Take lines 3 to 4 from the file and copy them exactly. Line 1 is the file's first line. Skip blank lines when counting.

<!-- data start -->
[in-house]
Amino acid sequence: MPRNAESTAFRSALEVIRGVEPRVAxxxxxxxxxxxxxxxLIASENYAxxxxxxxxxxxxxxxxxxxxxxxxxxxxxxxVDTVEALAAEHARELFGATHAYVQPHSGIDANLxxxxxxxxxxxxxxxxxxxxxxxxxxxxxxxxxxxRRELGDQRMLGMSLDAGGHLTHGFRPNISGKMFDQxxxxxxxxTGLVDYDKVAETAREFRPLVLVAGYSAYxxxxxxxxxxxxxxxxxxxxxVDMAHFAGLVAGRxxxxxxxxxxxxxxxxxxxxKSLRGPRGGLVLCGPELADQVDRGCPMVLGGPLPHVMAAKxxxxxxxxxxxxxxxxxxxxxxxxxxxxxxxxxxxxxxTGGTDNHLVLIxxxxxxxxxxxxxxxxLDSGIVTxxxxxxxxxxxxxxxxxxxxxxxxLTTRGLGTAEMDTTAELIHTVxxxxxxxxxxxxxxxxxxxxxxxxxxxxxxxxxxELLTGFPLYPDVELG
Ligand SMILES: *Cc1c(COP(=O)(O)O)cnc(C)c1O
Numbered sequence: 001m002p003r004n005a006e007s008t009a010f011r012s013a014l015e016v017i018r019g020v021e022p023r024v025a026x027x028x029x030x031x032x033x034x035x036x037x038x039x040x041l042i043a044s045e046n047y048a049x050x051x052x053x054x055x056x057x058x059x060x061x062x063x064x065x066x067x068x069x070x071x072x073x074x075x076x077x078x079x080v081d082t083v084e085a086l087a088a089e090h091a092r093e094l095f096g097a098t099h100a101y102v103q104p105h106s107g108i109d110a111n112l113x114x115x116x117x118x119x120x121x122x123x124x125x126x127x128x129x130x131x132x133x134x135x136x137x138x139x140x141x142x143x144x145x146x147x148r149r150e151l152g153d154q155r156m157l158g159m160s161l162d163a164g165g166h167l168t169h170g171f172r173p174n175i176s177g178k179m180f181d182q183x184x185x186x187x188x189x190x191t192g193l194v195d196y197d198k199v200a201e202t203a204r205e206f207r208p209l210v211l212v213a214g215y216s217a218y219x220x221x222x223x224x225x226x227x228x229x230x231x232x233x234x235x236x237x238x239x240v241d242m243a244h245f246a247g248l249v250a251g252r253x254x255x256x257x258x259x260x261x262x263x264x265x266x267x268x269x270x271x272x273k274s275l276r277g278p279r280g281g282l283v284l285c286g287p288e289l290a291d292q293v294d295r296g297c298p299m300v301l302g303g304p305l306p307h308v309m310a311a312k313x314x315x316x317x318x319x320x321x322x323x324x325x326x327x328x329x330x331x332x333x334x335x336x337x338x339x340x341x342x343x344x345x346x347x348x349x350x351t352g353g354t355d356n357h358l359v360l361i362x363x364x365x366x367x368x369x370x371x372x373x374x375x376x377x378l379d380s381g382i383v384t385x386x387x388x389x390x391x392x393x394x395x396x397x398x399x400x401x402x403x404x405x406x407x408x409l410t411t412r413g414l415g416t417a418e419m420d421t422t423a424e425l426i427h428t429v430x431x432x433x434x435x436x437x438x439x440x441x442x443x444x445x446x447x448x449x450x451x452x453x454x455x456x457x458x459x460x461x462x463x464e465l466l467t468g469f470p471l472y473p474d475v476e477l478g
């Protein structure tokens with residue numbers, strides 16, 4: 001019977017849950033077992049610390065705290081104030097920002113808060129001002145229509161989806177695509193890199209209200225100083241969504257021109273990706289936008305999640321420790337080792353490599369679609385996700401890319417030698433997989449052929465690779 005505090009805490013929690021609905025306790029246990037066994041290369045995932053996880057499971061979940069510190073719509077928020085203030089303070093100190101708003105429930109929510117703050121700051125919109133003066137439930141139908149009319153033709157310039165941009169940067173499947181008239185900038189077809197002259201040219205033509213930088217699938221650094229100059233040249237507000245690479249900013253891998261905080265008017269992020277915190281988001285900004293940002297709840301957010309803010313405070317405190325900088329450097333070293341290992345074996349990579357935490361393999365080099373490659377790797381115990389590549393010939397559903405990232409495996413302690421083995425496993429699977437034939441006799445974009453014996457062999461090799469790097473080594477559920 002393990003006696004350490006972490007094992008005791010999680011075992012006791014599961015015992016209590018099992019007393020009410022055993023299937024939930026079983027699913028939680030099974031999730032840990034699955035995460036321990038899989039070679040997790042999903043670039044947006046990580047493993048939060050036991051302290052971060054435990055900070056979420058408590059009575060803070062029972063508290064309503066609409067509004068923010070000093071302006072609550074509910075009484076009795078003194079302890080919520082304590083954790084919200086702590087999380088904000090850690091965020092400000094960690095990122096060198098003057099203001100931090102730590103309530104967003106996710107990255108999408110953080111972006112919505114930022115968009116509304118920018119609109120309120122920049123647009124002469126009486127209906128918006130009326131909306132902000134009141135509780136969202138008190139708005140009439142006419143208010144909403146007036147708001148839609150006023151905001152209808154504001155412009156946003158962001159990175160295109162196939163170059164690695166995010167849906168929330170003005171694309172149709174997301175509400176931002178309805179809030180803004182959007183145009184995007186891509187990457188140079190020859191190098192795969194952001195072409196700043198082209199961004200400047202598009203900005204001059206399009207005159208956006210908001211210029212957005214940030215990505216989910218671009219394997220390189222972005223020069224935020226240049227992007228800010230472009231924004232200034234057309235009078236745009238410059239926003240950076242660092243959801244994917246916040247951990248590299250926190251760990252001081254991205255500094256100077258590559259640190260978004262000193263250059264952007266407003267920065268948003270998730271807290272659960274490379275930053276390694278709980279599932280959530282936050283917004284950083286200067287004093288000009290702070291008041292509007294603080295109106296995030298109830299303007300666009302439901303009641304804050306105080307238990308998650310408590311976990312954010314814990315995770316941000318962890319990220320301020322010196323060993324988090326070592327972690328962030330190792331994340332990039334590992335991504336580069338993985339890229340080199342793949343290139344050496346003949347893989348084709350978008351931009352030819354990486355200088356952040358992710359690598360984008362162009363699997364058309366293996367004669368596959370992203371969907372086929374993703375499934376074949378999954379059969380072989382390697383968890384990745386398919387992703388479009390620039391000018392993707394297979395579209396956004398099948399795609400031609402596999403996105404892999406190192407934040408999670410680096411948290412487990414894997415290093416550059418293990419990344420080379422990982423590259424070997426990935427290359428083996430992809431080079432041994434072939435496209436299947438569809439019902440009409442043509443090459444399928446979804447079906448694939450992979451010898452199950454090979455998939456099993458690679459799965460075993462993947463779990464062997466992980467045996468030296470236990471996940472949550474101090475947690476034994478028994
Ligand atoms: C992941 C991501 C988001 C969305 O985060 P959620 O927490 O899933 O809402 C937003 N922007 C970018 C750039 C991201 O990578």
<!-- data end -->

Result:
Ligand SMILES: *Cc1c(COP(=O)(O)O)cnc(C)c1O
Numbered sequence: 001m002p003r004n005a006e007s008t009a010f011r012s013a014l015e016v017i018r019g020v021e022p023r024v025a026x027x028x029x030x031x032x033x034x035x036x037x038x039x040x041l042i043a044s045e046n047y048a049x050x051x052x053x054x055x056x057x058x059x060x061x062x063x064x065x066x067x068x069x070x071x072x073x074x075x076x077x078x079x080v081d082t083v084e085a086l087a088a089e090h091a092r093e094l095f096g097a098t099h100a101y102v103q104p105h106s107g108i109d110a111n112l113x114x115x116x117x118x119x120x121x122x123x124x125x126x127x128x129x130x131x132x133x134x135x136x137x138x139x140x141x142x143x144x145x146x147x148r149r150e151l152g153d154q155r156m157l158g159m160s161l162d163a164g165g166h167l168t169h170g171f172r173p174n175i176s177g178k179m180f181d182q183x184x185x186x187x188x189x190x191t192g193l194v195d196y197d198k199v200a201e202t203a204r205e206f207r208p209l210v211l212v213a214g215y216s217a218y219x220x221x222x223x224x225x226x227x228x229x230x231x232x233x234x235x236x237x238x239x240v241d242m243a244h245f246a247g248l249v250a251g252r253x254x255x256x257x258x259x260x261x262x263x264x265x266x267x268x269x270x271x272x273k274s275l276r277g278p279r280g281g282l283v284l285c286g287p288e289l290a291d292q293v294d295r296g297c298p299m300v301l302g303g304p305l306p307h308v309m310a311a312k313x314x315x316x317x318x319x320x321x322x323x324x325x326x327x328x329x330x331x332x333x334x335x336x337x338x339x340x341x342x343x344x345x346x347x348x349x350x351t352g353g354t355d356n357h358l359v360l361i362x363x364x365x366x367x368x369x370x371x372x373x374x375x376x377x378l379d380s381g382i383v384t385x386x387x388x389x390x391x392x393x394x395x396x397x398x399x400x401x402x403x404x405x406x407x408x409l410t411t412r413g414l415g416t417a418e419m420d421t422t423a424e425l426i427h428t429v430x431x432x433x434x435x436x437x438x439x440x441x442x443x444x445x446x447x448x449x450x451x452x453x454x455x456x457x458x459x460x461x462x463x464e465l466l467t468g469f470p471l472y473p474d475v476e477l478g